Monday, November 04, 2013

Nachman m'U(wo)man



What's a nice girl like you doing in a place like Uman?

I've just returned from 6 days in Ukraine, on a spiritual pilgrimage with a group of powerful Jewish women. We landed in Kiev and went right to Babi Yar. Today, it's a lovely urban park. The grass and trees hide the brutal acts of murder that were committed against the Jewish population of Kiev.

The ravine where Nazis massacred 34,000 Jews over two days in 1941.
The memorial to the Jewish martyrs of Babi Yar.
We were 10 women who had just landed in Kiev from Israel. We sat together at the base of the memorial and recited Sefer Tehillim for the memory of the tens of thousands of Jewish souls who were murdered in cold blood, machine gunned down into the ravine at Babi Yar. As she recited the tefillah for the conclusion of Sefer Tehillim, the voice of Yehudis Golshevsky, our teacher and guide, cracked with tears.

After returning to the airport to pick up the rest of our group who flew in from North America, we drove on to Berdichev to pray at the grave of Rabbi Levi Yitzchak of Berditchev who is known, even in death, as Rabbi Levi Yitzchak ben Sara Sasha.

The sign in the tziun of Rabbi Levi Yitzchak reflects his desire to be eternally known as the son of Sara Sasha.
Rabbi Levi Yitzchak is particularly remembered for his fiery love of all other Jews, regardless of their backgrounds. He is known to have said, “If after I pass away I have the option of being alone in paradise, or to go to purgatory but there to be in the company of other Jews, I would certainly choose the latter. As long as I’m together with other Jews!”

Prayer at the grave itself.
Entering and leaving the grave site in complete darkness, we passed through a cluster of poor Jews from Berdichev who, speaking no English, cried out to us using the only Hebrew words they knew - "Shalom!" and "Tzedaka!"

Dinner was in the Beit Chabad in Berdichev.



We were urged to drink only bottled water in Ukraine.
During dinner, the Chabad shaliach's 12 year-old daughter entertained us with her violin.
Yes Dorothy, there is a kosher mikvah in the Chabad House in Berdichev.
After dinner, we journeyed on to Medzibuz, the town from which the Hasidic movement sprang, driving three hours across the darkness of Ukraine, to spend the night near the tziun of the Ba'al Shem Tov. When we arrived on what can only be described as a Jewish compound, it was brimming with Israeli women. We quickly learned that our expected accommodations were not available.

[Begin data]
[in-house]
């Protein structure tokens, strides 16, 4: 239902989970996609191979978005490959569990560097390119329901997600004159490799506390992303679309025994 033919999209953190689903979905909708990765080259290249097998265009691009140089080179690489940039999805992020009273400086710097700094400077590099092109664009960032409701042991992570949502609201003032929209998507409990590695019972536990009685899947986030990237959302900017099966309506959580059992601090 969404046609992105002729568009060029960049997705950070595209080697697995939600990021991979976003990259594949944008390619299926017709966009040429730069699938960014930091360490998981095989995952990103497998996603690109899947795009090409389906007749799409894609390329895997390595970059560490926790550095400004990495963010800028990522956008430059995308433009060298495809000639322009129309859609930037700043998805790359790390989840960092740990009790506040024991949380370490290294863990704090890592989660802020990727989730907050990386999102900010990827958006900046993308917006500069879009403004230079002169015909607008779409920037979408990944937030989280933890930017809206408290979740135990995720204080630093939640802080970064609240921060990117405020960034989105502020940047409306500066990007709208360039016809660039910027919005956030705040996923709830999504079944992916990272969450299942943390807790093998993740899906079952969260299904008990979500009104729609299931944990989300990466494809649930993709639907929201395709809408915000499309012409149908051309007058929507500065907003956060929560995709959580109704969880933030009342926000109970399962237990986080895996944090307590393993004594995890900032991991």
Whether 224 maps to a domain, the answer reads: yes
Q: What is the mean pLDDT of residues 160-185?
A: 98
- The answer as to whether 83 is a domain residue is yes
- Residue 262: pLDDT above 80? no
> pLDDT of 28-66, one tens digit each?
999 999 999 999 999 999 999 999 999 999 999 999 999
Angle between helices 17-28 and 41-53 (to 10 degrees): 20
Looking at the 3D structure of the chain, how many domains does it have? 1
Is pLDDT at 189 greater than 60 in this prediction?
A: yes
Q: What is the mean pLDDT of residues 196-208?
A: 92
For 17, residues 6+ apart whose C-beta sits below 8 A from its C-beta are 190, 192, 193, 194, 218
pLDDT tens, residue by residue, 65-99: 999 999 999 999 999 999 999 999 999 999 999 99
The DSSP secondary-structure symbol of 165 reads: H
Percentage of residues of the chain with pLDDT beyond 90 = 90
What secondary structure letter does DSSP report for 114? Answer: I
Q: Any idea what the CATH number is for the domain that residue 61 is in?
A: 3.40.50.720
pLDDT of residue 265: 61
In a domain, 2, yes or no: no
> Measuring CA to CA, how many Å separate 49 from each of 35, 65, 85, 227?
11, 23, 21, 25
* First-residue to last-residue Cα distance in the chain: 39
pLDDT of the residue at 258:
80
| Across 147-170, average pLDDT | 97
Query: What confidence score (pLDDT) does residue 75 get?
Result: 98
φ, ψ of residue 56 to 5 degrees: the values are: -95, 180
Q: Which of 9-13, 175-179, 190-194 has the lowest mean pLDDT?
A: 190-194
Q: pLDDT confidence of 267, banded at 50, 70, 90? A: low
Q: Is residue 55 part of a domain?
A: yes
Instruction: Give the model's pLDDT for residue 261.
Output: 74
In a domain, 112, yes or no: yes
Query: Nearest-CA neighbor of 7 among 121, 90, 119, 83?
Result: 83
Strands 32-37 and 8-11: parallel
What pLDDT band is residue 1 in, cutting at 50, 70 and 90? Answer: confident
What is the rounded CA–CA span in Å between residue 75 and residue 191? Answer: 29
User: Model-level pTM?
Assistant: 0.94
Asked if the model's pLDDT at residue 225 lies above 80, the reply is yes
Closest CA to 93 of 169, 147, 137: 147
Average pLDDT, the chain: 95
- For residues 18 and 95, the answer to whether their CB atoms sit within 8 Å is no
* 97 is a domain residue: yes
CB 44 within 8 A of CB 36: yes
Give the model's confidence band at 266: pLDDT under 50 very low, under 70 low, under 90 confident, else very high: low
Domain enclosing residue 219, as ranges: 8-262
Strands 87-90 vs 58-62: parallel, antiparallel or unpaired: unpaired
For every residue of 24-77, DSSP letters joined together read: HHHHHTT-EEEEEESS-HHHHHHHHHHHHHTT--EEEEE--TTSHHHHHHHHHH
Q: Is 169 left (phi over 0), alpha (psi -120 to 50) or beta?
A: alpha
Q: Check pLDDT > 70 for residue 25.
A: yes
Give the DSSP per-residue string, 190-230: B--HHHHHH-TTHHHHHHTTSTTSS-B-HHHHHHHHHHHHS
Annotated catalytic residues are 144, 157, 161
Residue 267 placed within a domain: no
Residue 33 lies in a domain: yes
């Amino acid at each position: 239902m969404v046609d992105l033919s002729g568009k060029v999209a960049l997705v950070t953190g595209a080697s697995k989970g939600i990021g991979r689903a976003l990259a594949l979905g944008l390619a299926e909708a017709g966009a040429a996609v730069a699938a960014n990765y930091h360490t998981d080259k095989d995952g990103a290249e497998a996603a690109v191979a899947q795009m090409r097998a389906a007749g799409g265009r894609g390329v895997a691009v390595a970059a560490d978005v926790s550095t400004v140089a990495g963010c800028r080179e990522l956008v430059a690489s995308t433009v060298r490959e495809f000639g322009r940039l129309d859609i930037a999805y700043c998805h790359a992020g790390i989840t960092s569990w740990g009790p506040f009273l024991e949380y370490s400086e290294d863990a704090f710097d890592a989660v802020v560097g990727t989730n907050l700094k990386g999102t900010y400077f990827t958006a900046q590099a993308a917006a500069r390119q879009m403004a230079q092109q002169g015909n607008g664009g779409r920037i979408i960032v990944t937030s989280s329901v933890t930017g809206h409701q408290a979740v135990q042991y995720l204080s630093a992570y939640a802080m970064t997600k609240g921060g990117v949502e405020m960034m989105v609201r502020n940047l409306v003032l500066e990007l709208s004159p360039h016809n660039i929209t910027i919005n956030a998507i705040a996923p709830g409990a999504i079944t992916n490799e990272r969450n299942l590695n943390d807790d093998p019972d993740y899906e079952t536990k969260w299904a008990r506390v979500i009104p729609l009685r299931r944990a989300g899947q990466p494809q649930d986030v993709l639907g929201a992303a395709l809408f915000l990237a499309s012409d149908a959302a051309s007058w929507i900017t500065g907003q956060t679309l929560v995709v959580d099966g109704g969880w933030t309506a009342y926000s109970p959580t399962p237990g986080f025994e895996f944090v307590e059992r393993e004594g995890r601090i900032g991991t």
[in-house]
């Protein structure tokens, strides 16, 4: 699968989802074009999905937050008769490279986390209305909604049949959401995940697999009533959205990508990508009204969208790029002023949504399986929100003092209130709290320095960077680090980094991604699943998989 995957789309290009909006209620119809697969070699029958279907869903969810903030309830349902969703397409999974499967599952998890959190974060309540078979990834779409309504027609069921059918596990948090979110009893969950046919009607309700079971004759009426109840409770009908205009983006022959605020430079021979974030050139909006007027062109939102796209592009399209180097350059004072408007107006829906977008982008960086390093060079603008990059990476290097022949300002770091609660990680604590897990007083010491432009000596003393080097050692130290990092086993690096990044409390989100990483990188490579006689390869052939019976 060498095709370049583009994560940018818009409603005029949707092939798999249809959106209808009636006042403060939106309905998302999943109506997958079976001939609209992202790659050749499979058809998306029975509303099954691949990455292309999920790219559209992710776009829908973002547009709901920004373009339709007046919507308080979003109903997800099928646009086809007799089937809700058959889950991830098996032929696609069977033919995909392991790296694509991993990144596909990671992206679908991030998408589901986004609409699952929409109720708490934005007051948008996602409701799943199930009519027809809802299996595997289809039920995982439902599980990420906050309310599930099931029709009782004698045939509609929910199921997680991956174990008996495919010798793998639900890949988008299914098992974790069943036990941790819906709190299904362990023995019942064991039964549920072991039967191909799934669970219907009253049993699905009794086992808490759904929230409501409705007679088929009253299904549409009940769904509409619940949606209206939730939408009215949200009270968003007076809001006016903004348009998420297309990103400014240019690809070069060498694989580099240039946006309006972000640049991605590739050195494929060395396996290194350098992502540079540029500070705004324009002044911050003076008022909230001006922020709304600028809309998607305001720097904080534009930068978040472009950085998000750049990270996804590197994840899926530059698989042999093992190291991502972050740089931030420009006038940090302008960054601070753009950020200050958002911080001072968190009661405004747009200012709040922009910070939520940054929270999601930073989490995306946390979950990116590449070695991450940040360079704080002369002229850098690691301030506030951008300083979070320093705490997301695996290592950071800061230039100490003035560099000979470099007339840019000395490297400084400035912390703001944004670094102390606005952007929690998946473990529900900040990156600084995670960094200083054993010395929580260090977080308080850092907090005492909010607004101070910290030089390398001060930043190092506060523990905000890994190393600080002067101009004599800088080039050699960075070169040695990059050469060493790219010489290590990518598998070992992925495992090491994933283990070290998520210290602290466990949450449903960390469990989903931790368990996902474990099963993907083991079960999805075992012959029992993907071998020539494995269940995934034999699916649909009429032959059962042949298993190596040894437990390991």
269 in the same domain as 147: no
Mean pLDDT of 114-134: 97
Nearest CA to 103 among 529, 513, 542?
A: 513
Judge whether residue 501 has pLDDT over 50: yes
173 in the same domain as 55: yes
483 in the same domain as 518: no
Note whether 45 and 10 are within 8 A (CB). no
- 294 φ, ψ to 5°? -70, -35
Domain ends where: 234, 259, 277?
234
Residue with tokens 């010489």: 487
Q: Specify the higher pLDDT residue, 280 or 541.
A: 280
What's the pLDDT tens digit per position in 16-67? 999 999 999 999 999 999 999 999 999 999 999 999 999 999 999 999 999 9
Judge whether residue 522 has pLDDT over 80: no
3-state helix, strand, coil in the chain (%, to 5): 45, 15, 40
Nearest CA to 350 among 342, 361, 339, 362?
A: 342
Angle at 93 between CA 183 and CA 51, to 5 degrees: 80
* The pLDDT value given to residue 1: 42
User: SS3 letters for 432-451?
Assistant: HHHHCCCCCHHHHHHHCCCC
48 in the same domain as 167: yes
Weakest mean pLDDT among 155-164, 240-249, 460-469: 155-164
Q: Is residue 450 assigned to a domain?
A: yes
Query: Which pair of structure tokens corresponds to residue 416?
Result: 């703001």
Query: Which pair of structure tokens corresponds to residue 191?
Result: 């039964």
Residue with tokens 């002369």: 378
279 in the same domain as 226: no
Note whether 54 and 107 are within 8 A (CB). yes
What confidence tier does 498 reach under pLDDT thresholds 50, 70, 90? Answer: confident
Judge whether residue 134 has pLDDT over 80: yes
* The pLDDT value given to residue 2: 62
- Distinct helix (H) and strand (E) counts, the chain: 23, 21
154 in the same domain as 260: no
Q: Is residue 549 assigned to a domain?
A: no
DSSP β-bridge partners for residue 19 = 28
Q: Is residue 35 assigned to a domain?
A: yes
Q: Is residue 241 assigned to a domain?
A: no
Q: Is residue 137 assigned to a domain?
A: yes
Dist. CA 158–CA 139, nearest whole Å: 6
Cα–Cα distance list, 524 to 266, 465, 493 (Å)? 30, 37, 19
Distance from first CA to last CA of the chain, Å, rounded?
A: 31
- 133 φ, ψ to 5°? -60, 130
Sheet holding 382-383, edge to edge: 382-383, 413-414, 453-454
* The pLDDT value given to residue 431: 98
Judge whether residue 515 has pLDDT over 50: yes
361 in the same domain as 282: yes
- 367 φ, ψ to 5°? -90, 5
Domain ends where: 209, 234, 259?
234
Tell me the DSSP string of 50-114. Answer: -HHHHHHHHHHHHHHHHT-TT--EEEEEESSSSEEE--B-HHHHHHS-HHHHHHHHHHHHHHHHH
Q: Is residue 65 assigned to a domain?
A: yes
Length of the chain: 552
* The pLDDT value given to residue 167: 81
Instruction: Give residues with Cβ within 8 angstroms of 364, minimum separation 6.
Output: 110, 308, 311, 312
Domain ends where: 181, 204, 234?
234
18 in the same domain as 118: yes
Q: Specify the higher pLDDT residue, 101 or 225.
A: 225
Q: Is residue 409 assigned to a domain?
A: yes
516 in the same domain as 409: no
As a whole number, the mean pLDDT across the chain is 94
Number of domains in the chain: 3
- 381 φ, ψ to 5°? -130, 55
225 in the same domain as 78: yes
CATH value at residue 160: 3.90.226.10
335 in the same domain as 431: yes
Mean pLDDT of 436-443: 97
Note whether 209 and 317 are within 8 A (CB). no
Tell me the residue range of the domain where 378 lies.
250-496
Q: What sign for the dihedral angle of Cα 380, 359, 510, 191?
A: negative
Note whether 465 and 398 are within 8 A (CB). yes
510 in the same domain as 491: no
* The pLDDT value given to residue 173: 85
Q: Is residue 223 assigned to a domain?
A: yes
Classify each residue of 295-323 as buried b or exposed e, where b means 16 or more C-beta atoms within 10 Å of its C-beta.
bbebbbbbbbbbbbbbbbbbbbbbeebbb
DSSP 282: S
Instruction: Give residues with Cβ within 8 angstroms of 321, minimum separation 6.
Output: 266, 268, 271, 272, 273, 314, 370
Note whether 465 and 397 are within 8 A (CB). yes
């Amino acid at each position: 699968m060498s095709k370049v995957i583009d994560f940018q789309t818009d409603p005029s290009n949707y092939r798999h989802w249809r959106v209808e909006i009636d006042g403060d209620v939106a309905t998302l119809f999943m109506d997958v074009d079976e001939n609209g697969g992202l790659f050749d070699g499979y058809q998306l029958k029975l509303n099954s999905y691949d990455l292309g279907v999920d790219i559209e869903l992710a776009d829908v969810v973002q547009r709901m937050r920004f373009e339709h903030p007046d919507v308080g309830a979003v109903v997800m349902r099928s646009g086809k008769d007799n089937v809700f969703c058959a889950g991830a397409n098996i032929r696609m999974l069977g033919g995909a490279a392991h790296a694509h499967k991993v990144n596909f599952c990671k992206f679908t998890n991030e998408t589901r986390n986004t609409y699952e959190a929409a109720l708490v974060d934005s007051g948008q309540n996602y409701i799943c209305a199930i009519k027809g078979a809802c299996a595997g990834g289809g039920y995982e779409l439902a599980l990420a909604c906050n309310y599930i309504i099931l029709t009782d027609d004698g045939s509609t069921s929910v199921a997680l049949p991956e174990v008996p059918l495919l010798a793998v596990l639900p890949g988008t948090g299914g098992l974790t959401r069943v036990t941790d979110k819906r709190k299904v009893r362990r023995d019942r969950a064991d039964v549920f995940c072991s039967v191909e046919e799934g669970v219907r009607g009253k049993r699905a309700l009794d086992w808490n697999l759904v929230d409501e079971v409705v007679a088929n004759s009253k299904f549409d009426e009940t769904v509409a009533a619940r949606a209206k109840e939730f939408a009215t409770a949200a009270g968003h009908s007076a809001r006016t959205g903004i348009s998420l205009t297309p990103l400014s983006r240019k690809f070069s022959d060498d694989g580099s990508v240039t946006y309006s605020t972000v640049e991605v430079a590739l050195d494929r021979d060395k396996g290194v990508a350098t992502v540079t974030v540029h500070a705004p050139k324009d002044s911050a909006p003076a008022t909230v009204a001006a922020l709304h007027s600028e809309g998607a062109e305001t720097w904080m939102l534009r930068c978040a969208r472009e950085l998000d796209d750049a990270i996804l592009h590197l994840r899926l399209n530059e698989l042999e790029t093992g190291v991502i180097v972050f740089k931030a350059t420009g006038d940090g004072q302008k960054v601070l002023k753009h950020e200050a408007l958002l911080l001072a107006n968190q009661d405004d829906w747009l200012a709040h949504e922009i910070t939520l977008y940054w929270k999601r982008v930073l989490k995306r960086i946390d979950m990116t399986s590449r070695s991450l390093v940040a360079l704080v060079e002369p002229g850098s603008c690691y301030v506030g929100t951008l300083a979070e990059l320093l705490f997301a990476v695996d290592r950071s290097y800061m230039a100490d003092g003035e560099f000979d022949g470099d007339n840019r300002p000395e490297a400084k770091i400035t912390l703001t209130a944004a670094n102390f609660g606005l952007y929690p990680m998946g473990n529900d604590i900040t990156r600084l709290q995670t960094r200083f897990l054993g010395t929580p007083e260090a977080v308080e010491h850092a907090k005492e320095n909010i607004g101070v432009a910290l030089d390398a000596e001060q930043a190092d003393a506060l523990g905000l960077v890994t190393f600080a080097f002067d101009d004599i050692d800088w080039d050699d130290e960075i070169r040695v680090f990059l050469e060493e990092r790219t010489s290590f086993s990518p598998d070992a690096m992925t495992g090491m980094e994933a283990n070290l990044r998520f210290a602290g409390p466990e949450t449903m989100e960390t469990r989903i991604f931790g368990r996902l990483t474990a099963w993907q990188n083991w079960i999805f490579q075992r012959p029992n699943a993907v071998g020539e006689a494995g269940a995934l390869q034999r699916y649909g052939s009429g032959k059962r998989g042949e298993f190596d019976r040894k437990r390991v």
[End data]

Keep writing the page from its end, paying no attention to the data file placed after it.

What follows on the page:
The main building near the tziun where we were supposed to have lodged for the night.
A kind of Ukrainian Motel 6 in Medzibuz, part of the compound built to accommodate the hordes of Jews who come to visit the grave of the Ba'al Shem Tov.
The house where we actually stayed in Medzibuz. Except for the fact that the bed I was assigned crashed to the floor the exact moment I lay down upon it, the accommodations were decent, with clean and modern bathrooms.

This sign outside the house where we slept in Medzibuz was the first indication that the Jewish presence in certain parts of Ukraine is, k'eilu, Israel.
When I got to the dining hall, I realized there was Hebrew everywhere.
Except in this house that makes Medzibuz feel like Anatevka.
A neighbor of the Ba'al Shem Tov's in Medzibuz.
The next morning, striking rays in the sky welcome us to Medzibuz.
Before breakfast, I head to the tziun to pray.

 

As I walk alone down the path, I hear women singing. It is very loud. I open the door and I see, right away, that it's overheated and packed beyond reason. There must be a hundred women in a room that's about 400 square feet, standing wherever they can, amidst six large kevarim.

I'm about to turn away to leave when the arms of a stranger pull me in. And I enter something unworldly. A hundred women are chanting.

Hoshia et amecha uvarech et nachalatecha orem v'naseim ad haolam.
Save Your nation and bless Your inheritance. Tend them and raise them up forever. (Ps. 28:9)
Twenty four times they sing this verse. Over and over, louder and louder, hands raised to the heavens.

At the window, a woman plays her violin, drawing out her chords.
Beside me, an old woman puts her hands on the head of a young woman. A bracha that the young woman should find her zivug flows from the old woman's lips.

After the 24th repetition, the prayer leader signals the end.

Absolute silence.

Tears spring up in my eyes. I hear weeping all around me, see the precious faces of women I don't know, wet with tears.


The collective prayer of these women raises me to transcendence. I am no longer in rural Ukraine. I am somewhere else, somewhere higher. This is the power of women at prayer, when we are free to pray out loud. The lack of this has been a painful deficit for me for a very long time. I have come to Ukraine and I have found it here.